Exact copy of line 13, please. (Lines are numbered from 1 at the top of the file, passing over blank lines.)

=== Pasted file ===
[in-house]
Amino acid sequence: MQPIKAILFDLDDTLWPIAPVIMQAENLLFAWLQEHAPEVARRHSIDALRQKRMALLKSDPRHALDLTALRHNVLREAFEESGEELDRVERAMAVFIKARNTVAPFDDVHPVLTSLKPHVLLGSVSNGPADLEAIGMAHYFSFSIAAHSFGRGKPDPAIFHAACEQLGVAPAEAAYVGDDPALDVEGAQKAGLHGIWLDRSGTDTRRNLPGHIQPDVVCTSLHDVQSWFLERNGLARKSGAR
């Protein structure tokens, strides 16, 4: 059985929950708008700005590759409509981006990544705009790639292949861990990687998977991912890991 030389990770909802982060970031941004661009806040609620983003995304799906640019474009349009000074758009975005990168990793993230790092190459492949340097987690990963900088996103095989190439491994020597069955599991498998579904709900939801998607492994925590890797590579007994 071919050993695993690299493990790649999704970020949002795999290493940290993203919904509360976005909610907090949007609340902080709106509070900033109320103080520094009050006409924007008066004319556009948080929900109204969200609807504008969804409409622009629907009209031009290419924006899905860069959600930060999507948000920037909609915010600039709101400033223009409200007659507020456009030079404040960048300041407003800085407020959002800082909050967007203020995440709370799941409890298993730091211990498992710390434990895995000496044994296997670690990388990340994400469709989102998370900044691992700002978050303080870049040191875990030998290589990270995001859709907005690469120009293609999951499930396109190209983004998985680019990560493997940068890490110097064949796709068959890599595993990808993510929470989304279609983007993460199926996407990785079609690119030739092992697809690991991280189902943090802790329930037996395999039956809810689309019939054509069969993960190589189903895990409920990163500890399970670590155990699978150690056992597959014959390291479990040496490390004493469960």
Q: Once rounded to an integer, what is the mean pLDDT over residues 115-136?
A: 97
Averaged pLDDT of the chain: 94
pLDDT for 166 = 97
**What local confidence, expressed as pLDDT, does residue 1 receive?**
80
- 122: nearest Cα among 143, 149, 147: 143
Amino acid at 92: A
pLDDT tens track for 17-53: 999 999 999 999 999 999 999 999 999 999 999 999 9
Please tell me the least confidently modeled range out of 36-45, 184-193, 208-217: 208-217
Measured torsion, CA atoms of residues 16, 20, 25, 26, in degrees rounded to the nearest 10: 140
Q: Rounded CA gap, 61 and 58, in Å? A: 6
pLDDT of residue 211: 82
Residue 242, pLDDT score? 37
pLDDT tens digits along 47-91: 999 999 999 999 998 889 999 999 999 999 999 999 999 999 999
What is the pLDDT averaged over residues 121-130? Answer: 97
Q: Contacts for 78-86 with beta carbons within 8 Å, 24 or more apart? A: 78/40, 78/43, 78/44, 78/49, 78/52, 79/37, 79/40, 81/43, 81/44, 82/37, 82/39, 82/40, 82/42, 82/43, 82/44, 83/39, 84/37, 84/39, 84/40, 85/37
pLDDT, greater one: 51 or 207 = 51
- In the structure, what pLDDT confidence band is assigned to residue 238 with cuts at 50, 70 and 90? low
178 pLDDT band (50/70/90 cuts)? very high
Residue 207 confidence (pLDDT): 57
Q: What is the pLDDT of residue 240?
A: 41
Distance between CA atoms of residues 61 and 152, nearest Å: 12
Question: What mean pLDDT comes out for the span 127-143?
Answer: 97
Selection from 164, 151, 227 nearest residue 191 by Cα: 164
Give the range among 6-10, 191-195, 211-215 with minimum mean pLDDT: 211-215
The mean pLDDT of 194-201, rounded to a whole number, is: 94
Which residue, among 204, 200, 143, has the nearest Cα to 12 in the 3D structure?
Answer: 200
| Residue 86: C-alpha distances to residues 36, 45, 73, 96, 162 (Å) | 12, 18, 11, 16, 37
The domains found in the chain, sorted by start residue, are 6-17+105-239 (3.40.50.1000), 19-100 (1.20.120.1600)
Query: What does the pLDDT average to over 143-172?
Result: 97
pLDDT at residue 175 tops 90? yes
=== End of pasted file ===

Please tell me the least confidently modeled range out of 36-45, 184-193, 208-217: 208-217